December 13 2013 Latest news:
Friday, October 11, 2013
The “missing link” at the heart of Norfolk’s footpath network has finally been filled with the opening of a new 12-mile trail in the Wensum valley.
The Wensum Way strides through a picturesque swathe of countryside between Gressenhall and Lenwade, with a link to the market town of Dereham.
Although the route is comparatively short, it holds a significant position at the fulcrum of the Norfolk Trails network, joining the Nar Valley Way and Marriott’s Way – and opening up a 96-mile cross-county route in the process.
It means, for the first time, it is now possible to walk across the width of Norfolk, from Great Yarmouth in the east, to King’s Lynn in the west, on pathways maintained to the same standard as the UK’s most prestigious National Trails.
On its own, the Wensum Way offers a manageable route for walkers keen to discover the quintessential charms of Mid Norfolk.
But as part of the completed network, it is hoped it will attract long-distance hikers, boosting tourism and creating opportunities for businesses operating along the route.
Norfolk County Council chairman Hilary Cox, a keen walker herself, formally opened the route yesterday, including a commemorative bench at the half-way point near Swanton Morley.
She said: “I am really pleased that the county council has created this brand new footpath. We don’t want a missing link in Norfolk. It is important that we are connected to what we have got here, and connected to other people – and there is that possibility of meeting people along the route from other parts of the county.
“I am confident the Wensum Way will encourage more people to reap the amazing health and wellbeing benefits that a day out in the countryside can bring and that the lure of the longer-distance challenge will attract more dedicated walkers keen to try Norfolk’s new coast to coast footpath.
“Either way, it will bring new visitors into our countryside and that will be welcome news for the thousands of local businesses that create jobs in our rural communities and depend on countryside walkers for their trade.”
Part of the Wensum Way will pass through Castle Farm and Park Farm in Swanton Morley, owned by John Carrick.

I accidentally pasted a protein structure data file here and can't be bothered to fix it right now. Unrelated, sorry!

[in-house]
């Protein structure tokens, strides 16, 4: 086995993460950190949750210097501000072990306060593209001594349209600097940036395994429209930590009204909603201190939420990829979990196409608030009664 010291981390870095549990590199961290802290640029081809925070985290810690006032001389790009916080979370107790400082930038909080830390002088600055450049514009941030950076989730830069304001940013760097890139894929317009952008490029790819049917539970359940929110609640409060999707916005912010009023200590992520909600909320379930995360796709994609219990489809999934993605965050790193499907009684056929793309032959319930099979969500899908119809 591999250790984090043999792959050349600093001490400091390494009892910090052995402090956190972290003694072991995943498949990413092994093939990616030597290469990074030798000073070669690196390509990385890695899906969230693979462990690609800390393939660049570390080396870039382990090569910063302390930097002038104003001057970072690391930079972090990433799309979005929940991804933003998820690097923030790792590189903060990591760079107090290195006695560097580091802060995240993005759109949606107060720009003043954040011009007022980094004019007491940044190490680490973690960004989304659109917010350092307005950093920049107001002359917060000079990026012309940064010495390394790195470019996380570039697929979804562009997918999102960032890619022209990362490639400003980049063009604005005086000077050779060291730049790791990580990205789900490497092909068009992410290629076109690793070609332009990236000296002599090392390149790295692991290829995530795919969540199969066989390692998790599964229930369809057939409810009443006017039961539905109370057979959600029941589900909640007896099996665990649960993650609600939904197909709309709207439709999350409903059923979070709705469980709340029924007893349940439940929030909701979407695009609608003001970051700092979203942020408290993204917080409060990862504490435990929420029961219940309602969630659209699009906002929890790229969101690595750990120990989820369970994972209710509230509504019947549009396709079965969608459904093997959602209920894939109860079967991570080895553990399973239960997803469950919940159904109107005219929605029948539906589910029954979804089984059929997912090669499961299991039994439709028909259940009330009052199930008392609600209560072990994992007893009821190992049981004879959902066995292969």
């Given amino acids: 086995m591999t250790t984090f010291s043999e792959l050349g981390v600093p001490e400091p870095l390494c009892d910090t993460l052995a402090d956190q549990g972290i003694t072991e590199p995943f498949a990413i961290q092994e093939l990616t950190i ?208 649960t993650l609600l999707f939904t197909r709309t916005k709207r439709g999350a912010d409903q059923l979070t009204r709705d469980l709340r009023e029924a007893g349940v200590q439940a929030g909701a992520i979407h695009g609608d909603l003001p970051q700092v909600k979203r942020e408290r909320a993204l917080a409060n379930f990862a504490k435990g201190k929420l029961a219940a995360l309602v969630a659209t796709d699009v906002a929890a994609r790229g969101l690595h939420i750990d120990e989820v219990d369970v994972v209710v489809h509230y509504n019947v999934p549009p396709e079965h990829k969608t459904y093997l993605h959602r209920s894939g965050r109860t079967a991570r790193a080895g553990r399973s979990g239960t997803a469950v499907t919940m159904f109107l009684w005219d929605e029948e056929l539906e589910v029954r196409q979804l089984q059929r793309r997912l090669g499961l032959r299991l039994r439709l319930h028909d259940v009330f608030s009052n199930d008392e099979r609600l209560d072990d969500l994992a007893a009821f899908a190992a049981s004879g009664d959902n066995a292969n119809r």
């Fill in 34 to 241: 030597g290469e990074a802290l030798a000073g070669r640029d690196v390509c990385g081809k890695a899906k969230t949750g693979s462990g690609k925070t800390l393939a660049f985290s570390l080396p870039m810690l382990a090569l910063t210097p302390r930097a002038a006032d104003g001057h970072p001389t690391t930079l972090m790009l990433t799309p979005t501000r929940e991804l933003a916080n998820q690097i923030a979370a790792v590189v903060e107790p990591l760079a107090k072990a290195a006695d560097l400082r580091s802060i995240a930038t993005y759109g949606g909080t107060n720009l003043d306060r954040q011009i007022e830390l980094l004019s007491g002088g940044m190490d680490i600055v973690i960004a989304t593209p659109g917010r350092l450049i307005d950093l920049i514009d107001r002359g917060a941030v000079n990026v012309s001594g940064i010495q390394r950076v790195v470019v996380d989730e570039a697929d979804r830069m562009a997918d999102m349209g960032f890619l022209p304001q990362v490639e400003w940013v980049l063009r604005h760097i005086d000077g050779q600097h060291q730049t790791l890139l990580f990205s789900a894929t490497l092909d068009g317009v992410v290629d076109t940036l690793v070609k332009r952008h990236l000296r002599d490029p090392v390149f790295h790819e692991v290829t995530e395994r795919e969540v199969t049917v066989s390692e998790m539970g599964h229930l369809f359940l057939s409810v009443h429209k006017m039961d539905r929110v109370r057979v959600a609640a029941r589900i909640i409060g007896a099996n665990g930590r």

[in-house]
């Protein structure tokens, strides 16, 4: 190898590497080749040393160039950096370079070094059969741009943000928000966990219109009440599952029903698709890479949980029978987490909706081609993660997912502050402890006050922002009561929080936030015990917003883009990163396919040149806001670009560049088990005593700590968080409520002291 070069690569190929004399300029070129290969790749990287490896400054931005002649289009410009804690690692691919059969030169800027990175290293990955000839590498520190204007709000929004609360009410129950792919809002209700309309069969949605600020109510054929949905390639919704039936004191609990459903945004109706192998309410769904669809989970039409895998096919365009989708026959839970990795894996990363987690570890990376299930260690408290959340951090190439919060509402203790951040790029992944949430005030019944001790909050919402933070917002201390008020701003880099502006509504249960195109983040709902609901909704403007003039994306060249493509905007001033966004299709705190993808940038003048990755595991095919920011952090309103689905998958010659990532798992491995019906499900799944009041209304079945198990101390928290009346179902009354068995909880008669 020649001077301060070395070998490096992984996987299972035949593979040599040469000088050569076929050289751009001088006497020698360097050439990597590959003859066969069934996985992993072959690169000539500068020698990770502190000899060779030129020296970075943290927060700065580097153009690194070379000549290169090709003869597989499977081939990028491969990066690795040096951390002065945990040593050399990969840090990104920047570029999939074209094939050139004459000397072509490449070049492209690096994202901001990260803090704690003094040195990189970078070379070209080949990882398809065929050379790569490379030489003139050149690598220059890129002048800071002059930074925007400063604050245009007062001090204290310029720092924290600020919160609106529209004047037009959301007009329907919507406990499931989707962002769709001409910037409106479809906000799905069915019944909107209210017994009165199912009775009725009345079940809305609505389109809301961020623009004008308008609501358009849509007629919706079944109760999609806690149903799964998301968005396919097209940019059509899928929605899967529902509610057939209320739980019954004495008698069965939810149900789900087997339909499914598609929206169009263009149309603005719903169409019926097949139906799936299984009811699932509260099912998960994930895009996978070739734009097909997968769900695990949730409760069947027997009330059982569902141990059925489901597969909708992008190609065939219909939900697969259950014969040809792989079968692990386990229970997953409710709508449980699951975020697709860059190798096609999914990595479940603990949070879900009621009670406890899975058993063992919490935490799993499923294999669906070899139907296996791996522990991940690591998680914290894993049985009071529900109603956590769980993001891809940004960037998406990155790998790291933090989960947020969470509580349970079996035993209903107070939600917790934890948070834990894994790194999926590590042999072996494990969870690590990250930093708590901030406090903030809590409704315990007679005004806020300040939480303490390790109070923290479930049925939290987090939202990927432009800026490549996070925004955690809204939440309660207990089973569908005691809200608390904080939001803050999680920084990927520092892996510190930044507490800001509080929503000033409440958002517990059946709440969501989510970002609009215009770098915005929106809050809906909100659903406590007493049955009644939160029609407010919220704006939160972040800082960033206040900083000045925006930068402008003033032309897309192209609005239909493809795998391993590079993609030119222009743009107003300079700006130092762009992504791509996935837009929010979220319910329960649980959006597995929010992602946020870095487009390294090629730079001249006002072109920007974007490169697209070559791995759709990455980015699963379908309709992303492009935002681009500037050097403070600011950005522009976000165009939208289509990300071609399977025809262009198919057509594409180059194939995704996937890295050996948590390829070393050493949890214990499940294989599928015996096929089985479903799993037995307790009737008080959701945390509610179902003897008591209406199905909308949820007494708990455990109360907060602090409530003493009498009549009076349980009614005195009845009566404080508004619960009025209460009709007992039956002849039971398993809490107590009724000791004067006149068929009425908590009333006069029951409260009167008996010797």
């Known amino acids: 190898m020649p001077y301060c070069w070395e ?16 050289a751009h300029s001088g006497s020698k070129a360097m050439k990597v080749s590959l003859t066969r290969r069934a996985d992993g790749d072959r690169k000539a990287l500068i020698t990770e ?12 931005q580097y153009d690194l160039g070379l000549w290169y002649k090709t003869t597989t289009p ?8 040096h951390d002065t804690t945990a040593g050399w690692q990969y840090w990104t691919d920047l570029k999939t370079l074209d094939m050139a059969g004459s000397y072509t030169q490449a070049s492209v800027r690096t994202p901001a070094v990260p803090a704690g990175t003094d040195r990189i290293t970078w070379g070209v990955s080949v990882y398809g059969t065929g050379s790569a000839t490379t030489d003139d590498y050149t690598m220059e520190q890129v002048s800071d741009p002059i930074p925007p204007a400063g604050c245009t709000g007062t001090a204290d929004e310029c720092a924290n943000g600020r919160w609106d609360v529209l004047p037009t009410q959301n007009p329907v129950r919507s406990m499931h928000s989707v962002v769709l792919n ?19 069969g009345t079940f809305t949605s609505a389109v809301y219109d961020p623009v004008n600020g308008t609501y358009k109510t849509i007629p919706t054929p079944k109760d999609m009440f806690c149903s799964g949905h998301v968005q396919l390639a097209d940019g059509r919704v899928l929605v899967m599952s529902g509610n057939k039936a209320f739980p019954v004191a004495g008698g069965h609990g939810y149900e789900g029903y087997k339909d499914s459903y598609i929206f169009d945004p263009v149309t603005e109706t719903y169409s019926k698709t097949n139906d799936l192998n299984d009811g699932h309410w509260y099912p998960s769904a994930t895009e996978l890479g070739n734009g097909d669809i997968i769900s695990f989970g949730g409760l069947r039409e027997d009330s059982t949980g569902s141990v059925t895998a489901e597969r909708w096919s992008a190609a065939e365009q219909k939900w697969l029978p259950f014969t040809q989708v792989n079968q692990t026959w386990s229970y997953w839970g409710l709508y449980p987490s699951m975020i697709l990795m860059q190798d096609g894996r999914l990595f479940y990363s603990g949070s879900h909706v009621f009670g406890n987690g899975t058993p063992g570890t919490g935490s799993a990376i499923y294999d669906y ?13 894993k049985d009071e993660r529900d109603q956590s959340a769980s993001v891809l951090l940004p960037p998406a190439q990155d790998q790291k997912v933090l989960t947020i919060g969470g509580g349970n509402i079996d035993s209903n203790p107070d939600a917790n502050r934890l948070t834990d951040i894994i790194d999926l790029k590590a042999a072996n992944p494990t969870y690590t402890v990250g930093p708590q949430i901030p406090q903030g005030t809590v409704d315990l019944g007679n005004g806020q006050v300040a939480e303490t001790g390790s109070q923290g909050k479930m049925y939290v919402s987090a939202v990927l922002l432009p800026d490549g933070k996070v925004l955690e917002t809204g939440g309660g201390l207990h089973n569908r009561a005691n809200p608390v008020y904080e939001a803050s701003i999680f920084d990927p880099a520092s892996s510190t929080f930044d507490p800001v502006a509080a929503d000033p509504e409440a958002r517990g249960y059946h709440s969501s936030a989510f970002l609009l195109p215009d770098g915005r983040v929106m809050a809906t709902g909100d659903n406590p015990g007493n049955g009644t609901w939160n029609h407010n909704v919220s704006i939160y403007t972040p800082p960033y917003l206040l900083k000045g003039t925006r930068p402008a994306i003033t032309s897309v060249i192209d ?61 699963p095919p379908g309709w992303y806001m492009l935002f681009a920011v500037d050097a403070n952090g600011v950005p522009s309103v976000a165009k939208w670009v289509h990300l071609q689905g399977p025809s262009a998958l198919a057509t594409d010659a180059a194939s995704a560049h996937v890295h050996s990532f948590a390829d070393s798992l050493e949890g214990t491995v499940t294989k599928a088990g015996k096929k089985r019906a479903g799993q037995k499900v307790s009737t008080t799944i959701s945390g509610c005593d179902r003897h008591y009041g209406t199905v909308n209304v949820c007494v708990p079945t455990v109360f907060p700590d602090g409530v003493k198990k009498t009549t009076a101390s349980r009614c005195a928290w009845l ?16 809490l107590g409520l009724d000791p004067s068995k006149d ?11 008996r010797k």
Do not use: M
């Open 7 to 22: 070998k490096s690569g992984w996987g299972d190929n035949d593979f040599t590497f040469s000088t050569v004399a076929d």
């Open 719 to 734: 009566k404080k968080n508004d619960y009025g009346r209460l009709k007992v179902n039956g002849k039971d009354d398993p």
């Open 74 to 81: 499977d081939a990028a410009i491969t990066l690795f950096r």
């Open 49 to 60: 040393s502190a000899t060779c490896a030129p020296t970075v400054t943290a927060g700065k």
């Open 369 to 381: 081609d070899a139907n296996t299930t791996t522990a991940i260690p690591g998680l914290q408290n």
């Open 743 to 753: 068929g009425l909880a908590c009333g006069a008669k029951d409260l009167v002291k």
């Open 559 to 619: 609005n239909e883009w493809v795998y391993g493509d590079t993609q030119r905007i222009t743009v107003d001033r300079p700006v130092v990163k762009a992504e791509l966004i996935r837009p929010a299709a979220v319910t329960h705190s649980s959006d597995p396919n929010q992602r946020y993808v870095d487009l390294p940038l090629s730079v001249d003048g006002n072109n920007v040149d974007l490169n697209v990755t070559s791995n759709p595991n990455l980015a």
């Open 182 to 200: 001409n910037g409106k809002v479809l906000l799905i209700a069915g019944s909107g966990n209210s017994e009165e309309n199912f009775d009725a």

He said he maintains the public footpaths on his land through a Higher Level Stewardship deal, and he hopes the added footfall could bring more business to his campsite and bed and breakfast.
“Because we have a campsite and a hospitality business, it seemed a logical next move to have a recognised footpath that people could go on,” he said. “It brings people into the area and it brings spending power into the area. Once people leave their home they want something to eat or somewhere to stay or to buy souvenirs. It all helps the greater rural economy.”
The majority of the route passes through the North Elmham division of county councillor Bill Borrett, who also arrived to walk the trail on its first official day. He said: “I have loved this valley all my life and when I realised that this was the bit that was missing from the wider route network, I was very keen to champion the cause of the Wensum Way.
“The Norfolk Trails are really important for the rural economy in Norfolk and by completing the King’s Lynn to Great Yarmouth link I hope that people will travel from all over the UK to enjoy Norfolk’s countryside.”
The Wensum Way begins close to the 19th century workhouse at Gressenhall which now hosts Norfolk’s rural life museum.
Other highlights along the trail are the picturesque village of Elsing, the dramatic 14th-century church at Swanton Morley, Lyng’s 18th century mill-house and World War two anti-tank blocks.
It passes close to 26 county wildlife sites and four Sites of Special Scientific Interest. The River Wensum itself is a designated European Special Area of Conservation. Over 270 species have been recorded in the river valley, from plants, butterflies and moths to otters, water voles, bats, dragonflies and more than 200 species of birds including bitterns and marsh harriers.
For more information about the Norfolk Trails visit www.norfolk.gov.uk/trails.